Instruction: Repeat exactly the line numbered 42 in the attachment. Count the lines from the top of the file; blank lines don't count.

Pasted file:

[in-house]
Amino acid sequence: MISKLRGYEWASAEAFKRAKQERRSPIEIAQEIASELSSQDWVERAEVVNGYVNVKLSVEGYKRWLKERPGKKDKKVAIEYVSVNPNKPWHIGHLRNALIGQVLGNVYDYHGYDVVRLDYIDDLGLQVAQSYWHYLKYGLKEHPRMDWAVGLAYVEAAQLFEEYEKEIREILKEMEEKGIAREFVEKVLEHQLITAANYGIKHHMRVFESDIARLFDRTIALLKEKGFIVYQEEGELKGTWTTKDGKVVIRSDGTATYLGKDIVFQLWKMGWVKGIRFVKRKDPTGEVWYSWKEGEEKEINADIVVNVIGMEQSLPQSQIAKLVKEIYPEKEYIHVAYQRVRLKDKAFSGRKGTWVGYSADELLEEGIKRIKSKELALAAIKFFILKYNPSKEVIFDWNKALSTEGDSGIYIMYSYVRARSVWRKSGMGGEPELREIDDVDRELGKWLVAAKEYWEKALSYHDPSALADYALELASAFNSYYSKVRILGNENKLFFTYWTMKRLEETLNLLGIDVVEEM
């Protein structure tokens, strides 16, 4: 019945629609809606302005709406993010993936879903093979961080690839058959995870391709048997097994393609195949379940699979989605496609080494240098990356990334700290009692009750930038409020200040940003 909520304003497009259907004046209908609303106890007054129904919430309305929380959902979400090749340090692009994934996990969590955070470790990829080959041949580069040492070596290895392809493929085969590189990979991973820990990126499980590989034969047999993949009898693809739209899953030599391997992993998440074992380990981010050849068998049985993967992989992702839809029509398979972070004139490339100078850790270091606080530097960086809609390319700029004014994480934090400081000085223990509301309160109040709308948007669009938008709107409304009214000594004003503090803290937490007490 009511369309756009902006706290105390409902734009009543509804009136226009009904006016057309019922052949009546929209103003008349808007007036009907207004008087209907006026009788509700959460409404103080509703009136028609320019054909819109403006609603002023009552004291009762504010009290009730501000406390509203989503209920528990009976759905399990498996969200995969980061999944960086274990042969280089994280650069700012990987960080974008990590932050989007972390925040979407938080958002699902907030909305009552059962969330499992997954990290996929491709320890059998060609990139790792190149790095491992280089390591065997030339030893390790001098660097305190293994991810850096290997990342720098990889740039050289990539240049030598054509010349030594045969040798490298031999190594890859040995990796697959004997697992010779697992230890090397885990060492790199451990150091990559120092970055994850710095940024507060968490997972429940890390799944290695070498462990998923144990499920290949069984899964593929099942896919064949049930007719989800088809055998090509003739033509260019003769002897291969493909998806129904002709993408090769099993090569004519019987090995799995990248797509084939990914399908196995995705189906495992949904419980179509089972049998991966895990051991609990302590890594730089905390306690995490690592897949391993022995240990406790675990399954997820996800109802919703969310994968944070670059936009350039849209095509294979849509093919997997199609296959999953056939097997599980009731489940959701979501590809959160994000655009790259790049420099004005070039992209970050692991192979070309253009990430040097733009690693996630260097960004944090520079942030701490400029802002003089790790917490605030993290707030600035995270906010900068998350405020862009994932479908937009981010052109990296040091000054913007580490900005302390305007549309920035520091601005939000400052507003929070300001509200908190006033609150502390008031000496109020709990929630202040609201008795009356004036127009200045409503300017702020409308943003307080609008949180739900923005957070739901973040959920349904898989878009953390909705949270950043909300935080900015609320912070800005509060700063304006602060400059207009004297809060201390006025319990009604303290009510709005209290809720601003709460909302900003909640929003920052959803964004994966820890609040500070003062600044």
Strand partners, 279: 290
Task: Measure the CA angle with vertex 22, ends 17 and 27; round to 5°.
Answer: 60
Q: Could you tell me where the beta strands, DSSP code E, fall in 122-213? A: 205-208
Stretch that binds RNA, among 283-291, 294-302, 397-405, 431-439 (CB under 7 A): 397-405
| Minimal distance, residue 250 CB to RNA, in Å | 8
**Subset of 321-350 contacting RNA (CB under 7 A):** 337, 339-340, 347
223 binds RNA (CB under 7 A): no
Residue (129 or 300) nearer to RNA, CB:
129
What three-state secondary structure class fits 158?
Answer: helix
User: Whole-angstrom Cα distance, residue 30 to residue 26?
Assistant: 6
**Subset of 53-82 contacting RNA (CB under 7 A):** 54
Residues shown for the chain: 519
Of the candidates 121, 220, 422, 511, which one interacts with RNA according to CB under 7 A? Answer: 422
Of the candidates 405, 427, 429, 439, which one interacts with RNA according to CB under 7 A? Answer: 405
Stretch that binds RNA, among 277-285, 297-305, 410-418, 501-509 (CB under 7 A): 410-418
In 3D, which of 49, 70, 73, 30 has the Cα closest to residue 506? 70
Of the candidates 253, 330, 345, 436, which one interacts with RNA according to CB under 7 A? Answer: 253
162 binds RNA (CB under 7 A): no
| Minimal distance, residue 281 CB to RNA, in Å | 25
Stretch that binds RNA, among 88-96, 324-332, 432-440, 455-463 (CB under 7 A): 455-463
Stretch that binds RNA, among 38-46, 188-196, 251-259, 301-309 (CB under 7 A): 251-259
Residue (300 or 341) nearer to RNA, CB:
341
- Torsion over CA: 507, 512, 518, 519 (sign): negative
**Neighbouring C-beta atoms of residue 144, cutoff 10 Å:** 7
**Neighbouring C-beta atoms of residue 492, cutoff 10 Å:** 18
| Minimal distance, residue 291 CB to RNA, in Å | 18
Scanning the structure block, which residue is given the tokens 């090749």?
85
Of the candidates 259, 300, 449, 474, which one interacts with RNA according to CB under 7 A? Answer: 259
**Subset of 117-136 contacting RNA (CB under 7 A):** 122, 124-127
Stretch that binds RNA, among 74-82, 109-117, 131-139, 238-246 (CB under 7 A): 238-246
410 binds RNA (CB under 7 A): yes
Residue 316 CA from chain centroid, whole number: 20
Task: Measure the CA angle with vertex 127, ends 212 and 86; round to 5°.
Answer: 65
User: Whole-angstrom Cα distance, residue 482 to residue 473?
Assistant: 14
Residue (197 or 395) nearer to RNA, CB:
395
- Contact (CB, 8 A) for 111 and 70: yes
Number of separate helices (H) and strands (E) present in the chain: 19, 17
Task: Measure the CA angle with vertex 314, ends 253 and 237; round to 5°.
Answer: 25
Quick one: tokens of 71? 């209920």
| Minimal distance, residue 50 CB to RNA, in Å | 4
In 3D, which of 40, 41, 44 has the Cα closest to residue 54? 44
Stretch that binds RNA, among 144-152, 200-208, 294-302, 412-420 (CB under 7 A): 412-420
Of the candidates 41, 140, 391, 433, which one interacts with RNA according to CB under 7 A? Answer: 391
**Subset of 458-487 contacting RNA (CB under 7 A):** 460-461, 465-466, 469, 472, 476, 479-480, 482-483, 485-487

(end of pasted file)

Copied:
Task: Measure the CA angle with vertex 127, ends 212 and 86; round to 5°.